My third choice is the Heaven & Earth Tarot (Lo Scarabeo) by Jack Sephiroth & Jaymi Elford. As soon as I unboxed this beauty for the first time, my heart did a flutter, and still does when I whip this deck out. For some, the imagery and colouring is a little too dark and ghostly, but I adore it. When I work with this deck, I always feel as if I’ve slipped into the in-between. It gives a read heavy on emotional aspects and when I emerge from a reading with this one, I’m usually in need of grounding to return to the present. The card stock is good quality, and shuffles well, while the borderless images really appeal to me. I usually cut the borders off cards (except my original SRW) because something about that frame often gives me a sense of a barrier in a reading, but with this deck and how the images flow from one card into the next, its seamless. It’s a very communicative deck.

This deck pairs with dumortierite and a black obsidian crystal, etched with the Elder Futhark rune Algiz for protection, spirituality, divination and teaching. Tarot pouch handmade by me.

Ethereal Visions Illuminated Tarot for Desert Island Decks
Ethereal Visions Illuminated Tarot. The artwork and foil finish make this another favourite deck.

My fourth choice is the Ethereal Visions Illuminated Tarot (US Games) by Matt Hughes. A gift from my daughter, this was another deck I stalked online for quite a while. It’s one of my most used decks right now, and my clients always comment on it. I love Art Nouveau, so the style immediately appealed to me, but it’s the vibe from this deck that really makes it special. Although my grandmothers are long gone, I feel like reading with this deck is like having a cuppa and a chat with a grandmother, where the advice is sage, to the point, but kind. I find this such an easy deck to read with, it’s inching very close to the heels of my SRW. It usually takes me a while to get to know a deck, but this one became very familiar early on, and even though the cards are larger than my other decks, it feels good in my hands.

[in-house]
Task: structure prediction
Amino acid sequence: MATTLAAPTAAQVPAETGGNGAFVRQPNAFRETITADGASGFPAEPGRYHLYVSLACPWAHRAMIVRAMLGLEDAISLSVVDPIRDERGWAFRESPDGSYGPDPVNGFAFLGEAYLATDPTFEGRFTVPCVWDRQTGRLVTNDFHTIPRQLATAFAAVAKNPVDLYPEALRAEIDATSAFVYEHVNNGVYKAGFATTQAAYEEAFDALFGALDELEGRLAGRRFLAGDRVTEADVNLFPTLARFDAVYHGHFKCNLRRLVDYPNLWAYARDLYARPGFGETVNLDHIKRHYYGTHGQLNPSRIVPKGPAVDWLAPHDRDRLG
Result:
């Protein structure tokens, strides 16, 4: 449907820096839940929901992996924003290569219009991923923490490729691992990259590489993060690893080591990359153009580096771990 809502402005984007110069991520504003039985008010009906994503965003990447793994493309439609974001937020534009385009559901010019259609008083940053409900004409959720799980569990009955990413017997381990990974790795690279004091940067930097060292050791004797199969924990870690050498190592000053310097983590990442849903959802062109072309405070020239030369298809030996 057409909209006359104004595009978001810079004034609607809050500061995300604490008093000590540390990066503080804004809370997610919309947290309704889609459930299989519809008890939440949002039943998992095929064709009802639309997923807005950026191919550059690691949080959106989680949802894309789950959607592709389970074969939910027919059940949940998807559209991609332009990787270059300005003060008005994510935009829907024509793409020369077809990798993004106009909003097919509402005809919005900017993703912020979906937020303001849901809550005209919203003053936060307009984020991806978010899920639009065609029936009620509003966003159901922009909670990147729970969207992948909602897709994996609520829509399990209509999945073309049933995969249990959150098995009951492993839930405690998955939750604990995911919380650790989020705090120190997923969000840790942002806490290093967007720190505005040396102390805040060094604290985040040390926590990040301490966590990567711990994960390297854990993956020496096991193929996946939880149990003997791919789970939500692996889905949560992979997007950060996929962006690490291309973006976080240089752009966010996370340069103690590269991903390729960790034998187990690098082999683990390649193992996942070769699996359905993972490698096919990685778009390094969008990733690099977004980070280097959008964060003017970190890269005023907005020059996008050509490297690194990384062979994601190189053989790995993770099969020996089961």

Blue lace agate and dumortierite crystals live with this deck. Pouch came with L’Occitane products.


Witches Tarot for Desert Island Decks
Witches Tarot. My me-only deck, and one with a powerful connection.

Last, but not least, is the Witches Tarot (Llewellyn) by Ellen Dugan and Mark Evans. I think this is possibly the third deck I bought, and I only use it to read for myself. It lives in an ornate wooden box beside my altar, and I use it for daily or weekly draws, and for occasions when I want to do a more significant reading for myself. I like the imagery and colours, and the accompanying guide book is fantastic, but for me the beauty in this deck lies with our connection. Even though it’s not my favourite in terms of artwork, (removing that black border is on my to-do) we just click, and because it’s so damn accurate, I tried on two occasions to use it for a family member readings, but both times it laughed in my face and delivered a totally skewed reading. With a more witchy vibe to this deck, the Devil is replaced with Shadow Side, and Judgement with Karma which I love.

The crystal with this deck is a merlinite, while the wooden box I’ve had so long, I honestly can’t remember the source.



So, there you are, my 5 Desert Island Decks. It has me thinking about the decks I didn’t choose, and why they didn’t make the cut, so maybe I’ll do a Deserted at Home Decks list in the future!


Have you a collection of favourite decks? I only have one deck on my wishlist right now (very restrained, right?) which is the Brady Tarot, so I think I can be convinced to add a few more. Let me see your decks! You can reach me at julie@creativesoultarot.com